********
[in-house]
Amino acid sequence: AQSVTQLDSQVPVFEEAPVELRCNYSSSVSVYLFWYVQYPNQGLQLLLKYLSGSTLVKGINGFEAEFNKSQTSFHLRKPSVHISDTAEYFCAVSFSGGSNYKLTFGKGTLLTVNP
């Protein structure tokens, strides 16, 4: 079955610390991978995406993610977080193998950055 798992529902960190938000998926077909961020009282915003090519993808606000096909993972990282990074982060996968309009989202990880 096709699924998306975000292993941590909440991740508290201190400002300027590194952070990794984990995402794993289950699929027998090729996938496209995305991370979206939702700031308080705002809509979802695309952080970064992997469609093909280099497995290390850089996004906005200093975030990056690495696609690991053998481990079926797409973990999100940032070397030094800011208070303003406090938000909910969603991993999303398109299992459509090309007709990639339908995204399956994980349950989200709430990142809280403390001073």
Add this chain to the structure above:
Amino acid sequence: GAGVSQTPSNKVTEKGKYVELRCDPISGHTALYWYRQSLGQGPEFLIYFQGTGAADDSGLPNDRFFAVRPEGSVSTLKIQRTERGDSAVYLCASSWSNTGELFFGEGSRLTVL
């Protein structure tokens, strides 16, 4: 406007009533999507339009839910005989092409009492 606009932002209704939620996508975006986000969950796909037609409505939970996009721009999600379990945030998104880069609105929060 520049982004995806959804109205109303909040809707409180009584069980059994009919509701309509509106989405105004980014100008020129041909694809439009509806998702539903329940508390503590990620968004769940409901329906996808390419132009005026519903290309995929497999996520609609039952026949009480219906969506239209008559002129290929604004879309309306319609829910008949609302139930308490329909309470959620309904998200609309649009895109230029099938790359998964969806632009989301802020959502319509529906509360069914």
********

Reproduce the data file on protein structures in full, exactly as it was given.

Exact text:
[in-house]
Amino acid sequence: AQSVTQLDSQVPVFEEAPVELRCNYSSSVSVYLFWYVQYPNQGLQLLLKYLSGSTLVKGINGFEAEFNKSQTSFHLRKPSVHISDTAEYFCAVSFSGGSNYKLTFGKGTLLTVNP
């Protein structure tokens, strides 16, 4: 079955610390991978995406993610977080193998950055 798992529902960190938000998926077909961020009282915003090519993808606000096909993972990282990074982060996968309009989202990880 096709699924998306975000292993941590909440991740508290201190400002300027590194952070990794984990995402794993289950699929027998090729996938496209995305991370979206939702700031308080705002809509979802695309952080970064992997469609093909280099497995290390850089996004906005200093975030990056690495696609690991053998481990079926797409973990999100940032070397030094800011208070303003406090938000909910969603991993999303398109299992459509090309007709990639339908995204399956994980349950989200709430990142809280403390001073």
Add this chain to the structure above:
Amino acid sequence: GAGVSQTPSNKVTEKGKYVELRCDPISGHTALYWYRQSLGQGPEFLIYFQGTGAADDSGLPNDRFFAVRPEGSVSTLKIQRTERGDSAVYLCASSWSNTGELFFGEGSRLTVL
């Protein structure tokens, strides 16, 4: 406007009533999507339009839910005989092409009492 606009932002209704939620996508975006986000969950796909037609409505939970996009721009999600379990945030998104880069609105929060 520049982004995806959804109205109303909040809707409180009584069980059994009919509701309509509106989405105004980014100008020129041909694809439009509806998702539903329940508390503590990620968004769940409901329906996808390419132009005026519903290309995929497999996520609609039952026949009480219906969506239209008559002129290929604004879309309306319609829910008949609302139930308490329909309470959620309904998200609309649009895109230029099938790359998964969806632009989301802020959502319509529906509360069914």